At the Worldwide Partners Conference, Microsoft CEO Steve Ballmer said PC makers will have an opportunity to sell Windows 8 devices alongside the company's Surface tablet.
Microsoft CEO Steve Ballmer assured OEMs that
they will certainly have an opportunity to successfully sell laptops and
tablets running Windows 8 even as Microsoft introduces its own tablet, called
Surface, with the new operating system.
Surface is just [one] design point, Ballmer
said in remarks July 9 before an audience of about 16,000 Microsoft partners
gathered in Toronto. It will have a distinct place in a broad Windows
ecosystem and the importance of thousands of partners that we have that design
and produce Windows computers will not diminish.
Microsofts decision to build its own tablet
tightly integrated with Windows software has been seen as undercutting
OEMs like Hewett-Packard,
Dell, Acer and others, which have for years licensed software from
Microsoft and built their own hardware. But Ballmer said he expects Microsoft
and its OEM partners will offer a spectrum of stunning Windows devices.
At the World Partner Conference, Tami Reller,
corporate vice president and chief financial officer of the Windows and Windows
Live Division at Microsoft, showed off a number of coming devices that will run
Windows 8 from Acer, Asus, Dell, HP, Lenovo and Samsung. Reller also said that
the release to manufacturers (RTM) of Windows 8 will come as soon as the first
week in August and that general availability (GA) of the OS will occur by the
end of October. The RTM is the date that manufacturers can start installing
Windows 8 on devices, while the GA is when those devices can go on sale and
when customers can upgrade existing hardware to Windows 8.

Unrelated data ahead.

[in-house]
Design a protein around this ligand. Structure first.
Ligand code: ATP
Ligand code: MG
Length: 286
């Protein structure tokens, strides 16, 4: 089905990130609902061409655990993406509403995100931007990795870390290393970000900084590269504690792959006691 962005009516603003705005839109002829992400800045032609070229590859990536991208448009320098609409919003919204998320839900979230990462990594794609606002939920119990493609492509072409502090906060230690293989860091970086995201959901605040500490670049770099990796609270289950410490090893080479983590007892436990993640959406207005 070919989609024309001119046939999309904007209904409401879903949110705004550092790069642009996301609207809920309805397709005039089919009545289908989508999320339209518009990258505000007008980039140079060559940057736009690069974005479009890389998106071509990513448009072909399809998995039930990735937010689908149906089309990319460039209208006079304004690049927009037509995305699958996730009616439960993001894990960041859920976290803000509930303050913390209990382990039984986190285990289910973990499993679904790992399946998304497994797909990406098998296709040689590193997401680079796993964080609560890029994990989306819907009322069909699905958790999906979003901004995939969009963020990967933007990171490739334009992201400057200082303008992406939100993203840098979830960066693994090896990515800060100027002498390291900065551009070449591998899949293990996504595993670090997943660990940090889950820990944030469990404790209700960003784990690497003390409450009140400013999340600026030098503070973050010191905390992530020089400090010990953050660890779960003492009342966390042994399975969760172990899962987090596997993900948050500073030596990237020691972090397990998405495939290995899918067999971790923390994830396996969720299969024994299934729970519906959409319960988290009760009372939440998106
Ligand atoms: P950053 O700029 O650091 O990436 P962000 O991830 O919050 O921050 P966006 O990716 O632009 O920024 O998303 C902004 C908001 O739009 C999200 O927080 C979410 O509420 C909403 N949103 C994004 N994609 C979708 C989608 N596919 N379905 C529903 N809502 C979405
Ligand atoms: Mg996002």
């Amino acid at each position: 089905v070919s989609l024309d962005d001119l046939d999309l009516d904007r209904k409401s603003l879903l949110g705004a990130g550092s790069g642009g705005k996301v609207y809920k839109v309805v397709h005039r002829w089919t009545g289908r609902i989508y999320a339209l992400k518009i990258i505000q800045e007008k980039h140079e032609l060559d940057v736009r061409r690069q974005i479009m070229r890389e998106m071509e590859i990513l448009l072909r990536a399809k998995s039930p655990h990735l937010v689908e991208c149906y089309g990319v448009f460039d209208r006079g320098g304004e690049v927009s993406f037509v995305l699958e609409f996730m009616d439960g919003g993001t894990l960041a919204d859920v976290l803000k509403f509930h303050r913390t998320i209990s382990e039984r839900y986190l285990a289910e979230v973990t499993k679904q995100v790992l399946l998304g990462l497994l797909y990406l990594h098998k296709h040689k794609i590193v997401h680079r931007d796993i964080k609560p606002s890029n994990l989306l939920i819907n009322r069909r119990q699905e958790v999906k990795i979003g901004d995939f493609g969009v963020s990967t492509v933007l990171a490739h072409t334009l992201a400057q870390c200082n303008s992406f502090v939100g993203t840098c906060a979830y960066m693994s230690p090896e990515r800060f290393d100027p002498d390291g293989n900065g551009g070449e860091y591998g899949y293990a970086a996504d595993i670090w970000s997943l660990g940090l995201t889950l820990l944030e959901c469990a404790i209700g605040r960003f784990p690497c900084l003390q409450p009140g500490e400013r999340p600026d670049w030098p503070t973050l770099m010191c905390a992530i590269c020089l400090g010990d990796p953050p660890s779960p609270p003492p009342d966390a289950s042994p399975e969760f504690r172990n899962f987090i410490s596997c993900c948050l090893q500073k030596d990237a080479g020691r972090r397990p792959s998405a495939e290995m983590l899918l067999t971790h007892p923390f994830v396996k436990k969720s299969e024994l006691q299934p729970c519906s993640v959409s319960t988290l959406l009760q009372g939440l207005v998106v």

Windows 8 will come in two variations, one
for devices built with an x86 processor architecture and another, called
Windows RT, for ARM processor devices.
Also at the partner conference, Kurt DelBene,
president of the Microsoft Office division, unveiled a new incentive program
for partners who sell Office 365, which is the Office productivity software
suite delivered in the cloud that the company introduced one
year ago. Under the Office 365 Open program, You guys own the top-line
revenue. It means you get to bill your customers directly for Office 365.
And you get to sell a single package, a single solution to customers.
The package, DelBene explained, would combine
Office 365 with other value-added services partners would offer themselves, all
in one invoice for the customer. Microsoft also updated the Office 365 Advisors
Program, making partners who sell more than 150 seats of the cloud service
eligible to earn more revenue.
DelBene also touted the $1.2 billion
acquisition of the enterprise social media service Yammer,
which will be managed within his Office Division. Yammer will combine the viral
adoption model of the service, which grew because individual employees at
various companies signed up for it on their own, with integration with Office
products such as SharePoint, Exchange, Outlook and others.
Ballmer added: This viral adoption model is
100 percent consistent with the consumerization of IT that gets talked about so
much. Its a service that the end user can pick before you or we or IT gets
However, he added, IT will be able to create
controls on the Yammer system for security and privacy of communications.
Ballmer ran through the many announcements
Microsoft made over the last year and the improvements that lie ahead,
including additional content released for Xbox and the coming addition of a
browser to the gaming system, a new release of the Bing
search engine incorporating social media results, the completed $8.5
billion acquisition of Skype
with its 250 million monthly users, and the coming Windows Phone 8 mobile
Ballmer said that Microsofts partners earned
combined revenue of $690 billion in 2011, up 13 percent from the year before.
Robert Mullins is a freelance writer for eWEEK who has covered the technology industry in Silicon Valley for more than a decade. He has written for several tech publications including Network Computing, Information Week, Network World and various TechTarget titles. Mullins also served as a correspondent in the San Francisco Bureau of IDG News Service and, before that, covered technology news for the Silicon Valley/San Jose Business Journal. Back in his home state of Wisconsin, Robert worked as the news director for NPR stations in Milwaukee and LaCrosse in the 1980s.